Celestial Pearl Danio
Celestial Pearl Danio

Celestial Pearl Danio

Danio margaritatus
SynonymsCelestichthys margaritatus
DistributionMicrohabitats, eastwards of Lake Inle, Myanmar.
Sexual DimorphismMature males are more brightly coloured. Females with hyaline ventral fins. Mature females fuller bodied.
Maximum Size2.1cm (0.83”)
Water ParametersNeutral to moderately hard, alkaline water is best long-term. pH: 7.0-8.0, dH: 12-25 degrees.
Temperature21-24 deg C (70-75 deg F)
CompatibilityCommunity; Specialist community
LightingNo special requirements
Care

This tiny but absolutely stunning shoaling species took the fishkeeping world by storm in early 2007. Originating from small ponds heaving with dense aquatic vegetation, Danio margaritatus is found in shallow areas up to 30cm in depth. Ideally, this is a species that will be maintained in groups of 10 or more in the home aquarium, not only for the fish to feel secure, but also to further the chances of breeding. Larger groups will also help to disperse any minor territorial squabbles between the males and this can be further aided by the inclusion of dense planting for the recipient to retreat into if needed. This fish should either be kept in a species-only aquarium, or else with other small, peaceful fish species only. Try to keep 2 or 3 females to every male. It may be of interest that the recently discovered, and as yet undescribed, beautiful little Rosy Loach (Yunnanilus sp.) was found to be living alongside D. margaritatus in the wild. Due to the sudden frenzied collection of D. margaritatus, sadly substantial damage occurred to much of its natural habitat. Tank bred specimens are now becoming much more readily available, and we would encourage the purchase of these instead of wild caught fish wherever possible. May also be seen on sale as Fireworks 'Rasbora' or Galaxy 'Rasbora'.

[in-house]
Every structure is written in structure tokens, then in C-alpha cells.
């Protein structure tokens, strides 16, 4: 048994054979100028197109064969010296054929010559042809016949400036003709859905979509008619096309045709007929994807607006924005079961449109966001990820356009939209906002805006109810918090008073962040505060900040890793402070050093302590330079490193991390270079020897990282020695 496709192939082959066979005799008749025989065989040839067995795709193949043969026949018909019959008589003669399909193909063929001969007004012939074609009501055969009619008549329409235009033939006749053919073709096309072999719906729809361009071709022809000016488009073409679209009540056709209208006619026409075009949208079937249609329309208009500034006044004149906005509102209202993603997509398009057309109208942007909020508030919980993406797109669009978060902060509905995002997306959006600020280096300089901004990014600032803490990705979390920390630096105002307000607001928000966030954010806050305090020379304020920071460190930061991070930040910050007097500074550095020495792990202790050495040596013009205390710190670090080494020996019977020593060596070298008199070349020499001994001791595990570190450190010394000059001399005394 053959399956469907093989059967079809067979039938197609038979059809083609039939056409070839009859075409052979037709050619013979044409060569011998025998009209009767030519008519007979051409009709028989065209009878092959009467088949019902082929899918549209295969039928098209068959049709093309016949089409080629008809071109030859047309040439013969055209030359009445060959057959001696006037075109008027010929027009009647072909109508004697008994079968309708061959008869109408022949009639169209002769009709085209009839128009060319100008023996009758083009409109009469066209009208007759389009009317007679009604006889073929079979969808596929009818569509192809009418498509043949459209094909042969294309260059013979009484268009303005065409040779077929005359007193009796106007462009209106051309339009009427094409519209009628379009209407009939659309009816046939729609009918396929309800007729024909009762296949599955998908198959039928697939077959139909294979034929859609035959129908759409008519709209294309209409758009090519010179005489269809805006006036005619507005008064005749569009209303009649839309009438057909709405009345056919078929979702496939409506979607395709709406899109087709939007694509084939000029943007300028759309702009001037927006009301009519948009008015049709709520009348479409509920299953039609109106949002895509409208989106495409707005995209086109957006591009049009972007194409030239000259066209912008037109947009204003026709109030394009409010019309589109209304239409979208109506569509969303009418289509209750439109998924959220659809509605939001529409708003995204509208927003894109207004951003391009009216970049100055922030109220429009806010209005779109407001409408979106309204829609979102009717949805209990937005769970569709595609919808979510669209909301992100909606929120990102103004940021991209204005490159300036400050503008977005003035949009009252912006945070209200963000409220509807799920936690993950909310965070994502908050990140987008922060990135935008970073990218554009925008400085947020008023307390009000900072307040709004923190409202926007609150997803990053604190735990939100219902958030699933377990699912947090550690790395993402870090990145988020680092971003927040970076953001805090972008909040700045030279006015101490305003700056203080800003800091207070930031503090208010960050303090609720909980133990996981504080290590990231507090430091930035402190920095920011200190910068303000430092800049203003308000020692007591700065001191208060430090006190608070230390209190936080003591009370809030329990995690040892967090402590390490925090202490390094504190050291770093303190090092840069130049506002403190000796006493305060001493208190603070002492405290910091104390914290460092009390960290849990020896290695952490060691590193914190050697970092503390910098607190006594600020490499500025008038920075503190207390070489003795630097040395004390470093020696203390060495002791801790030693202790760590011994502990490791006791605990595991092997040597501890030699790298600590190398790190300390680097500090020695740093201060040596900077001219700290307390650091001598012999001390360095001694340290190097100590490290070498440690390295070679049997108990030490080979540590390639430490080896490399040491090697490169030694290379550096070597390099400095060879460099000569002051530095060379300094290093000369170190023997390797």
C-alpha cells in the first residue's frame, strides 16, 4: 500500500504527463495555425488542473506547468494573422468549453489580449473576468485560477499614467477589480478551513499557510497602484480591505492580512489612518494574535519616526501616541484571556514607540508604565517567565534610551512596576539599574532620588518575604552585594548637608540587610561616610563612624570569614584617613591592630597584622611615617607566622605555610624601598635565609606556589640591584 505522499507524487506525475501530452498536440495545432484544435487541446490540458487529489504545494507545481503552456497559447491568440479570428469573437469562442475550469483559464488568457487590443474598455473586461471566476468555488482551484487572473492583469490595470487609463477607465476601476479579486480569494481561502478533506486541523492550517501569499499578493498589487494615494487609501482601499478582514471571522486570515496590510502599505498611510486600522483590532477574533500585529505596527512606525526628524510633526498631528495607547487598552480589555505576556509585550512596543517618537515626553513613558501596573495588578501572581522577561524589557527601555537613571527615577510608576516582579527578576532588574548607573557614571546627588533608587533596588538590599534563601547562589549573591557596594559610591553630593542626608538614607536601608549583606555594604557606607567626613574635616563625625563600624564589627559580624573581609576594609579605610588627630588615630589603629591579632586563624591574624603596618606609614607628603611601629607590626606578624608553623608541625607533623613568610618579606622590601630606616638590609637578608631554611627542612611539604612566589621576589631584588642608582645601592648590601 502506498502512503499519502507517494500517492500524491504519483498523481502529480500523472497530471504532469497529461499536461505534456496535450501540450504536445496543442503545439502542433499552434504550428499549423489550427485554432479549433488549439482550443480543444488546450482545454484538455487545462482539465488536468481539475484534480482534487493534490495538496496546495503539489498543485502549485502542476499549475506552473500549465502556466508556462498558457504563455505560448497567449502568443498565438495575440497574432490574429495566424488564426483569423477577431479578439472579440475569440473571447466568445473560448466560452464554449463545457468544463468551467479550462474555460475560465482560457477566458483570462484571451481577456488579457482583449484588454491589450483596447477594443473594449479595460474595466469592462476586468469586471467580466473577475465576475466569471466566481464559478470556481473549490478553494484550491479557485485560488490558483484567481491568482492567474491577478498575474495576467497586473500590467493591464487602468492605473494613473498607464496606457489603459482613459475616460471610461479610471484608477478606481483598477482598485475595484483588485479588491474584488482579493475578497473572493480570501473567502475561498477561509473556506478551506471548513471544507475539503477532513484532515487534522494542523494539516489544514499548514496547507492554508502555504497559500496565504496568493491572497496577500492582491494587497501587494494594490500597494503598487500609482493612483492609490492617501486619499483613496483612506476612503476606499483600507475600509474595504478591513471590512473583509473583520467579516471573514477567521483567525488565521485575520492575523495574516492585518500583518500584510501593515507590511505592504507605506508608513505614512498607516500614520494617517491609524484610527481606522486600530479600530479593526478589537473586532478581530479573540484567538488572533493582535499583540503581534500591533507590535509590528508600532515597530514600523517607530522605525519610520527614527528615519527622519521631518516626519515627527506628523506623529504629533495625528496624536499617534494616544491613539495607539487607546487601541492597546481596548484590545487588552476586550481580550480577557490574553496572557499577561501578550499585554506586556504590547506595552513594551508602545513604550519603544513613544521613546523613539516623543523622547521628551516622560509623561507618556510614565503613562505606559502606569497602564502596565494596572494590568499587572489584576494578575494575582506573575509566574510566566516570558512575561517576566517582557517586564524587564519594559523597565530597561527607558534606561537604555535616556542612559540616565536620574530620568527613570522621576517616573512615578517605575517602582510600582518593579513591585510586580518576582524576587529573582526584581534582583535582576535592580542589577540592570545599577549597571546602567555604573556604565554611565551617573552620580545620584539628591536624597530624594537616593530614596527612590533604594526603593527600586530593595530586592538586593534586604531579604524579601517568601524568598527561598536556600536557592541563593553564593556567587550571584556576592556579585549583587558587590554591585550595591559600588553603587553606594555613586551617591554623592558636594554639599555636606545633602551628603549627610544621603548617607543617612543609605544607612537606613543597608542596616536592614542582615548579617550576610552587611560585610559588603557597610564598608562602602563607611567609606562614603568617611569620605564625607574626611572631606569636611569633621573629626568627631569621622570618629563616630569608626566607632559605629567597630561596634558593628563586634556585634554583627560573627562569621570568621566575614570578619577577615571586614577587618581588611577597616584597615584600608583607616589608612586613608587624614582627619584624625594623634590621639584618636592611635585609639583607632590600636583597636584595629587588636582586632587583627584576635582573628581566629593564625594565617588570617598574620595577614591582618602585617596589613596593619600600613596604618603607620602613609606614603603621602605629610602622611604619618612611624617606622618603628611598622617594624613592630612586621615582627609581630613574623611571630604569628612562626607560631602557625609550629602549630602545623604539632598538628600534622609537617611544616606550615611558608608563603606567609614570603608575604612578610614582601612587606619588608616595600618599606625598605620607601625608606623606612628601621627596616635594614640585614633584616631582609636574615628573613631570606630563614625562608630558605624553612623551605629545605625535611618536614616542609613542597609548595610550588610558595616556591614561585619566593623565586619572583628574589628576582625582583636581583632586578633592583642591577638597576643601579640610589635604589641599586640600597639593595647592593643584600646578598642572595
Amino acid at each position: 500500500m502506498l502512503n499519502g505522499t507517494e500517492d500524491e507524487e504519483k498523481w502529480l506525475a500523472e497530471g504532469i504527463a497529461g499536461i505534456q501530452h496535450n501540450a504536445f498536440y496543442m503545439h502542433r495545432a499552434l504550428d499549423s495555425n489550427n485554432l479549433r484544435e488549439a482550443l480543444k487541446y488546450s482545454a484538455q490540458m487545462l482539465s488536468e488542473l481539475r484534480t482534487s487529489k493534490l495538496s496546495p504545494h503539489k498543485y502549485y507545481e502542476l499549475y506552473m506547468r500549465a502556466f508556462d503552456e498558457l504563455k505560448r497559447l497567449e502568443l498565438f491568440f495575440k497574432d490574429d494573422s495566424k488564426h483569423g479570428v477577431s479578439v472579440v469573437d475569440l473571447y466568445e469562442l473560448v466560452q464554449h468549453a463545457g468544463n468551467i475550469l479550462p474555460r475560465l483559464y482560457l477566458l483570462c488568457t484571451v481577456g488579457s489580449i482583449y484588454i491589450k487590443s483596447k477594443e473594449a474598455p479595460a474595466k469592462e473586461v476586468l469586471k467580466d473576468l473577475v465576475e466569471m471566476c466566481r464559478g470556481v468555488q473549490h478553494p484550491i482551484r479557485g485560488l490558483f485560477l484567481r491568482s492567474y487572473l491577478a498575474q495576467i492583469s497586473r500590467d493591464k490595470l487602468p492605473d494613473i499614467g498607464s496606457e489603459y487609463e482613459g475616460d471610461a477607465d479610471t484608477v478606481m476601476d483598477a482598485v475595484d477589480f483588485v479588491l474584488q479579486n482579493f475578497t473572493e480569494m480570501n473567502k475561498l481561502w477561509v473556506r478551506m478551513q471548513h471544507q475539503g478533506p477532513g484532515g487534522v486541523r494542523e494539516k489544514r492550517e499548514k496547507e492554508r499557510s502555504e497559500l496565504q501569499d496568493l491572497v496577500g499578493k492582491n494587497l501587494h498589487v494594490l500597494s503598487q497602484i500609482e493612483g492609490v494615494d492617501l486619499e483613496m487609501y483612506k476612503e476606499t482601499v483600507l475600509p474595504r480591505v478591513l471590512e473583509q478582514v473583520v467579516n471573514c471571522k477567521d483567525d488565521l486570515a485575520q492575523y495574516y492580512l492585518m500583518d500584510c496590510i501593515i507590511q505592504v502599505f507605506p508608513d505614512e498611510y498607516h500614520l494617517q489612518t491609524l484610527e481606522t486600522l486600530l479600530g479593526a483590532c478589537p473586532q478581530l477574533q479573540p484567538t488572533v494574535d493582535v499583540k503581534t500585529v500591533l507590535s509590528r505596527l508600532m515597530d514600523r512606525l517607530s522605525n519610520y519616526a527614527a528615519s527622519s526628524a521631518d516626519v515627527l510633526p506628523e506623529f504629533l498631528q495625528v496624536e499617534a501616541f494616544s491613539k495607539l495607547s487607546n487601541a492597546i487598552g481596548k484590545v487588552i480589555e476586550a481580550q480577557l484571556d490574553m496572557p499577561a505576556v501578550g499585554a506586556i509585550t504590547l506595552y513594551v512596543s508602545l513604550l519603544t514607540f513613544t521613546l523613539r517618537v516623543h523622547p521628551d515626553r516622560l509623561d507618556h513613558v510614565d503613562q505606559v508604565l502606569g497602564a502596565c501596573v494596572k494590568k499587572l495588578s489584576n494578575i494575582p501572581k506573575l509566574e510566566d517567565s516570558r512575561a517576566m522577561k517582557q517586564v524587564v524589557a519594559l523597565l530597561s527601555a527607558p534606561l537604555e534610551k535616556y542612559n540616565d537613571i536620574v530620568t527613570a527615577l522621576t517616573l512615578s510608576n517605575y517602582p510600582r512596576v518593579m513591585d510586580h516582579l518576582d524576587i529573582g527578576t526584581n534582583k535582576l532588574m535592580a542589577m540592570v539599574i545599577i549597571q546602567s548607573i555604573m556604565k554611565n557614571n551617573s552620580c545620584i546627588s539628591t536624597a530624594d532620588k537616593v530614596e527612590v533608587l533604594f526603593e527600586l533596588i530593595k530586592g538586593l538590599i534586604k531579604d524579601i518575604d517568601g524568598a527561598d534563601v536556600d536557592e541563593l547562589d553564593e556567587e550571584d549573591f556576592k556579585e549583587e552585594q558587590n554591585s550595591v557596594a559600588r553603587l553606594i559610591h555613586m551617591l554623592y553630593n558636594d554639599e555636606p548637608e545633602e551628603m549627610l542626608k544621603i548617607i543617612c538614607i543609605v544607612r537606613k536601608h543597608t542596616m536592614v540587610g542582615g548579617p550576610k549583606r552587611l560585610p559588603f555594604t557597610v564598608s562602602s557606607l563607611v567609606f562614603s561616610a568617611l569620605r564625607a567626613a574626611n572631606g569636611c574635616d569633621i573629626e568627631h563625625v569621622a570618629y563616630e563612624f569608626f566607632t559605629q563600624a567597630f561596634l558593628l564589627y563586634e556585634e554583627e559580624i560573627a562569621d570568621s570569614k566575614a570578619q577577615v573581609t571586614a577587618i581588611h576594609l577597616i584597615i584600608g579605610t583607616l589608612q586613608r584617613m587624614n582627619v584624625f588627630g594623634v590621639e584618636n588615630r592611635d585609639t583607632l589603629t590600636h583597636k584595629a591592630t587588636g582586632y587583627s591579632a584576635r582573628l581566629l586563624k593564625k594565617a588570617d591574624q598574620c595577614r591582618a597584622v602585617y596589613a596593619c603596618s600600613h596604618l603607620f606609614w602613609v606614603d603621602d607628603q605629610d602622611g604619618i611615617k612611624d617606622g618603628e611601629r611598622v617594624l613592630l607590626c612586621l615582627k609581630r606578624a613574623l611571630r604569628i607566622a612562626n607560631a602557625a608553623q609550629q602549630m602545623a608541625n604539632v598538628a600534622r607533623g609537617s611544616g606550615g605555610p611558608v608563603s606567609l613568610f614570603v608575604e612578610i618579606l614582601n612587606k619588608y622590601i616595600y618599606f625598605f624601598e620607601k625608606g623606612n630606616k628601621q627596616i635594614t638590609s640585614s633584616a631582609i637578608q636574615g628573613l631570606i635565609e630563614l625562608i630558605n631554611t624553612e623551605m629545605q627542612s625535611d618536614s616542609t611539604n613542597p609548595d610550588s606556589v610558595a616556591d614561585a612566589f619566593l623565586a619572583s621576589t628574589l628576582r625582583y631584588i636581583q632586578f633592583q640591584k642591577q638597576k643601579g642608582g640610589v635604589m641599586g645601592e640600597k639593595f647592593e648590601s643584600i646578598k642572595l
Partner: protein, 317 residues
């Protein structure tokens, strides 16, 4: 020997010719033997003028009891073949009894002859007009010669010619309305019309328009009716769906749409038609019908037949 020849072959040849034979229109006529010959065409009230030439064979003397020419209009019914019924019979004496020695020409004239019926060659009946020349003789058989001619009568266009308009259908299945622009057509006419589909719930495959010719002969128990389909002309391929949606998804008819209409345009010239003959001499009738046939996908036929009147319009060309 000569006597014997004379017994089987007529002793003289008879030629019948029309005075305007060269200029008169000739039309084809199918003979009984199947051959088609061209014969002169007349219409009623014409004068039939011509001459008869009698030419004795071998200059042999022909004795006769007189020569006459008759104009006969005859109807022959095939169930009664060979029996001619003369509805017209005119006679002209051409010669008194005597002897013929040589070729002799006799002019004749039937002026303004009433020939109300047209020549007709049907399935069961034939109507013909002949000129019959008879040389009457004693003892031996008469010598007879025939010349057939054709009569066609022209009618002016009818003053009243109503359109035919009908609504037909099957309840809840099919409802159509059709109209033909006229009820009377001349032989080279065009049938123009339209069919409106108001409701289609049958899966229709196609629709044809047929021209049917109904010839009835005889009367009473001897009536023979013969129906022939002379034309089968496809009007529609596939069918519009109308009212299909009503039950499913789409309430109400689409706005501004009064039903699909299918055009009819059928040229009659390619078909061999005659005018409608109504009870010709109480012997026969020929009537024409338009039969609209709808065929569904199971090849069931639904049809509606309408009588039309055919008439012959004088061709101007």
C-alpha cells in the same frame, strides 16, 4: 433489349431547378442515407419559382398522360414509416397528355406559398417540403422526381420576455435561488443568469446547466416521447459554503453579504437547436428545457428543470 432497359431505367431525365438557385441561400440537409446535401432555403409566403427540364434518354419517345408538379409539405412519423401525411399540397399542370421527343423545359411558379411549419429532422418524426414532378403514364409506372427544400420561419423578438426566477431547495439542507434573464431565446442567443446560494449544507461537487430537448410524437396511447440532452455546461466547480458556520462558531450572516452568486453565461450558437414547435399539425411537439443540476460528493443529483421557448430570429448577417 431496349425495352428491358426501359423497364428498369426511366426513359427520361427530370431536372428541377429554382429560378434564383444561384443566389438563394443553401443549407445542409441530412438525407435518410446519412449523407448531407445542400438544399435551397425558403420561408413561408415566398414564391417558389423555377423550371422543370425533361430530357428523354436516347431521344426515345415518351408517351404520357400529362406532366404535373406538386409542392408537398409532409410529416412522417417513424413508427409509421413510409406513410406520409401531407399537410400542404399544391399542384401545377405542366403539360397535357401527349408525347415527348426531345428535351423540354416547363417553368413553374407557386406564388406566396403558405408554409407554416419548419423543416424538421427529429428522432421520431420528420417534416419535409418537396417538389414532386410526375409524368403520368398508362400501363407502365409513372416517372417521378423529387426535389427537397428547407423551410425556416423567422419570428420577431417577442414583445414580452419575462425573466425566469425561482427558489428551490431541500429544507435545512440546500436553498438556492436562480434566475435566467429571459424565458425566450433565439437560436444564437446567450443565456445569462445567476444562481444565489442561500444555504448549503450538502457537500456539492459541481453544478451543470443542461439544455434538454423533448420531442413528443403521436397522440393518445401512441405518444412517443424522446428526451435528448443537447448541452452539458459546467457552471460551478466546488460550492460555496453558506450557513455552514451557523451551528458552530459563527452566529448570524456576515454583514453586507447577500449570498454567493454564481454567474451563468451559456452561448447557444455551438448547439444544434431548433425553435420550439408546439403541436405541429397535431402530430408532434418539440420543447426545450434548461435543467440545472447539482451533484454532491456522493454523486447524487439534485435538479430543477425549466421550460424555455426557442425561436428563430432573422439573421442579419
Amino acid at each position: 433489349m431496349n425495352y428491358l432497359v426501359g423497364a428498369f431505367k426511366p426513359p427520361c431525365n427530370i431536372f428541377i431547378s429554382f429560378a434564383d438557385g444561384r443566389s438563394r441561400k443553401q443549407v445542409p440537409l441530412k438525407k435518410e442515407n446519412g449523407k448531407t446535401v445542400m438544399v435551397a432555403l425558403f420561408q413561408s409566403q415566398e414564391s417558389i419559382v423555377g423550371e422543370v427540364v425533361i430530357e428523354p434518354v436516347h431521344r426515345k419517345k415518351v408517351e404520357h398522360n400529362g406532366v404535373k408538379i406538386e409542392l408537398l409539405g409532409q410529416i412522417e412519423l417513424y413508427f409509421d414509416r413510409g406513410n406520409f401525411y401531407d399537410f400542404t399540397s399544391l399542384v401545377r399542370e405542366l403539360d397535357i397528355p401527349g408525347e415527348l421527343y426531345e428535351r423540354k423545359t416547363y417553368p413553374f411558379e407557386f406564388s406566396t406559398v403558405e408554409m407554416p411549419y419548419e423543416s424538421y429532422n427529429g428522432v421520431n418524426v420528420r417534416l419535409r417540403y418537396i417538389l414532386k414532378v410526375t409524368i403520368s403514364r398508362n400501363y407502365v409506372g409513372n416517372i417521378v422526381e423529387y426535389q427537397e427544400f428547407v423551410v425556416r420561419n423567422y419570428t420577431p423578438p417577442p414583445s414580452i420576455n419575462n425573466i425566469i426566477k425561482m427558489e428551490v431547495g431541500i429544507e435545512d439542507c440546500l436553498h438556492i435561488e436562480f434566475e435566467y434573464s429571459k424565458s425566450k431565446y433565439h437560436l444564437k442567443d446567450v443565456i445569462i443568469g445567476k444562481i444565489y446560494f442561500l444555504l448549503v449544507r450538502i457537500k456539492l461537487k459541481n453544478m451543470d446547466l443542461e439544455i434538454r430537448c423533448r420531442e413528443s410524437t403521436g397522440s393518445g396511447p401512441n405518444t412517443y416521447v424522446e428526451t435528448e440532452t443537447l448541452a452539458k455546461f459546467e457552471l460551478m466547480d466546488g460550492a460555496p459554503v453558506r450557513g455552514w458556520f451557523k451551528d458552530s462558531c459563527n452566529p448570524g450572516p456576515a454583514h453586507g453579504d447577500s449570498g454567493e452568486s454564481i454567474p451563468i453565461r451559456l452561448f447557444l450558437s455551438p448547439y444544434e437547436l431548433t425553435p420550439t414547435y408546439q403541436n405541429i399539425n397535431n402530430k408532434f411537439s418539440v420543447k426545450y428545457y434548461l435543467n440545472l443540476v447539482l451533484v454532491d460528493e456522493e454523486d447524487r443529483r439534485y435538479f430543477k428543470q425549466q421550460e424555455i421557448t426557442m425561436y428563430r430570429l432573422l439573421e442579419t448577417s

Feeding

Small frozen foods such as baby brineshrimp, cyclops, and daphnia, plus crushed flake and micropellets.

Breeding

Best results are obtained with a small bare-bottomed spawning tank covered with copious amounts of Java moss (Taxiphyllum barbieri) and the addition of a well-conditioned single male and female (additional males will predate on the eggs). These fish are known to spawn in pairs, with around 30 non-adhesive eggs being produced per couple. The parents may try to consume the eggs, a good reason to use profuse amounts of moss in the tank or even use some form of separating grid underneath so that the fertilised eggs can fall to safety. The eggs should hatch after 72 hours and the fry should become free-swimming 48-72 hours later, although these times will be affected by water temperature. The fry can be fed on infusoria, microworm, fine ‘egg-layer’ powdered first foods or liquids, moving on to baby brineshrimp etc. It is not unusual to see this species spawning every 48 hours or so.

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